You can get your kilosteve t-shirt here.
Why would you want one?
Every scientist named Steve should have one -- and so should you! (Front)
Because it puts you in the company of distinguished scientists who stoutly defend the teaching of good science to children, so they can go on to become great scientists themselves.
Plus, it’s a poke in the eye to the Texas State Board of Education, none of whom are named Steve, and few of whom would be invited to sign on if they were.
Here’s the back of the shirt:
KiloSteve t-shirt, back side. 1,099 total Steves. (Back)
A kilosteve is a thousand Steves.
Creationists fondly distributed a list of scientists who, they claimed, question whether the theory of evolution is accurate. The anti-science Discovery Institute in Seattle distributed the list starting in about 2001, with a few hundred names.
To claims that many scientists opposed teaching evolution, NCSE created a list of scientists who support teaching evolution theory — but limiting that list to scientists with the first name “Steve,” or a derivative of Steve. About 1% of people in the English-speaking world have such a name — so the fact that more scientists named Steve sign the list supporting evolution, than those of all names who sign the list denying it, means that the Discovery Institute list represents less than 1% of all scientists.
A comparison of the lists is always instructive. In 2003 I started phoning people listed on the Discovery Institute list; of the first 20 I called, ten denied having signed any petition against evolution. One demanded his name be removed. Five made a modest defense of being skeptical of evolution, but none of them were biologists, and none had any publications which questioned any part of evolution in any way.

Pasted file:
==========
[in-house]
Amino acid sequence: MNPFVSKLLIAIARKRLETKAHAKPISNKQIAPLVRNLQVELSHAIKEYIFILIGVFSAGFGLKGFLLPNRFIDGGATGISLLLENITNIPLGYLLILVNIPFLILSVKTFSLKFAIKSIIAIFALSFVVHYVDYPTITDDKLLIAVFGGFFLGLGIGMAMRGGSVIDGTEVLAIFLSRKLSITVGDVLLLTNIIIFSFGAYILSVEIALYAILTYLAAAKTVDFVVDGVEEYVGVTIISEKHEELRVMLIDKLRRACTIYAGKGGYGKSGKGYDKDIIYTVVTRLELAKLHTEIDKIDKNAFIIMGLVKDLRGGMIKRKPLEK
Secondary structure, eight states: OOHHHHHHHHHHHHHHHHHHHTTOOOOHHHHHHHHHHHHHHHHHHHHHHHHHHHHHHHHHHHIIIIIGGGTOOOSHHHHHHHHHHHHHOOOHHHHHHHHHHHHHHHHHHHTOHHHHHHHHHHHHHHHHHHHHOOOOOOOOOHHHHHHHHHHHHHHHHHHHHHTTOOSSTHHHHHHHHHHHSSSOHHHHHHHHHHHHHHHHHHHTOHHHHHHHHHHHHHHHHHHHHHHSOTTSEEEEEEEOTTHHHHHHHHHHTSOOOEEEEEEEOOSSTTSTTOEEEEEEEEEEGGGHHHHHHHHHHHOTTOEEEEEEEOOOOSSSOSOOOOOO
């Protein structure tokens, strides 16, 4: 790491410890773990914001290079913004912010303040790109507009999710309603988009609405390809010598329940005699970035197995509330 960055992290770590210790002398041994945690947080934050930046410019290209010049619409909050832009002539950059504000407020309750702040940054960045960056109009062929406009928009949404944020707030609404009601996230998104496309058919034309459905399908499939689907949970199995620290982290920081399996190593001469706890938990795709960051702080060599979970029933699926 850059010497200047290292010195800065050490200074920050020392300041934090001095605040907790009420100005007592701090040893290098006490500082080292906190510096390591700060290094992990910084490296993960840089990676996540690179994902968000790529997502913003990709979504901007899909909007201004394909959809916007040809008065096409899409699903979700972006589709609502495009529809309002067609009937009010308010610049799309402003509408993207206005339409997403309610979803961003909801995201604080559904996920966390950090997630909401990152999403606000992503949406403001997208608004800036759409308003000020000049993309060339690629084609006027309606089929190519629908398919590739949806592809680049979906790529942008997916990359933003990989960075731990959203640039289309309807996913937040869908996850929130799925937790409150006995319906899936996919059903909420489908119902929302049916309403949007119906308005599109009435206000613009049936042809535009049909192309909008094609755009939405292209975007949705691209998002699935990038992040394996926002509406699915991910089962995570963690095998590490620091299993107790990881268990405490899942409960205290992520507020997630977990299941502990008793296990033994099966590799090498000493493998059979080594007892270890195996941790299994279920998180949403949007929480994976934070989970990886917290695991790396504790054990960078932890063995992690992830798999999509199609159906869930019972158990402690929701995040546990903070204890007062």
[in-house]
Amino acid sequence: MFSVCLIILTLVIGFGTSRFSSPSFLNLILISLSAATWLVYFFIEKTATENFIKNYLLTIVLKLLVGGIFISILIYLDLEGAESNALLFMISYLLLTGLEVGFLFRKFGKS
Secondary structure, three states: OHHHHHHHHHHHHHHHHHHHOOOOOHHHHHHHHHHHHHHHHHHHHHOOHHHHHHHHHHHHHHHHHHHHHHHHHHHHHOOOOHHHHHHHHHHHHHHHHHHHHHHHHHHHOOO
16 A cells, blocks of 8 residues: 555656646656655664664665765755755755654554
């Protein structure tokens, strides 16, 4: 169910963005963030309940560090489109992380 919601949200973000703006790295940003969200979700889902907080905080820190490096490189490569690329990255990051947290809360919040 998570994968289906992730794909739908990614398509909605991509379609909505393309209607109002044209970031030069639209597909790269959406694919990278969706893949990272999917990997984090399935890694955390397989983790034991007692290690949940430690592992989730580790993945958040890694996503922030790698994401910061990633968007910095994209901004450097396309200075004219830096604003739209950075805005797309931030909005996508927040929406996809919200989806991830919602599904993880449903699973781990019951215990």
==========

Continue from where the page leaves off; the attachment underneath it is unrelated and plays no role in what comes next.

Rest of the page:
NCSE started the project in 2003, not long after the death of Stephen Jay Gould, the staunch defender of science and evolution who was the main witness in the first creationism trial, in Arkansas in 1981. It’s a fitting memorial to a fine teacher.
Eugenie Scott heads up NCSE. In an e-mail this week to members of Texas Citizens for Science, who were discussing the kilosteve shirt, she noted it has already spread overseas.
Just wanted you to know that when I gave my talk at Cambridge University Tuesday, Steve #800 walked into the lecture room wearing his kilosteve shirt.
A proud moment!
(Of course I threw open my arms and said in a cheery voice, “STEVE!!!”)
It almost makes one wish one’s name were Steve. (One also may wonder, who is Steve #800?) The shirt’s a great buy, especially considering that for the price of a kilosteve, one actually gets 1.099 kilosteves. (As of today, there are 1,118 Steves who have signed the list.)
Tip of the old scrub brush to Pharyngula, which noted the achievement of the kilosteve when it actually happened, and to Texas Citizens for Science, just for the heck of it..
You came to this blog, and all you got was a plug for a lousy t-shirt; share your displeasure: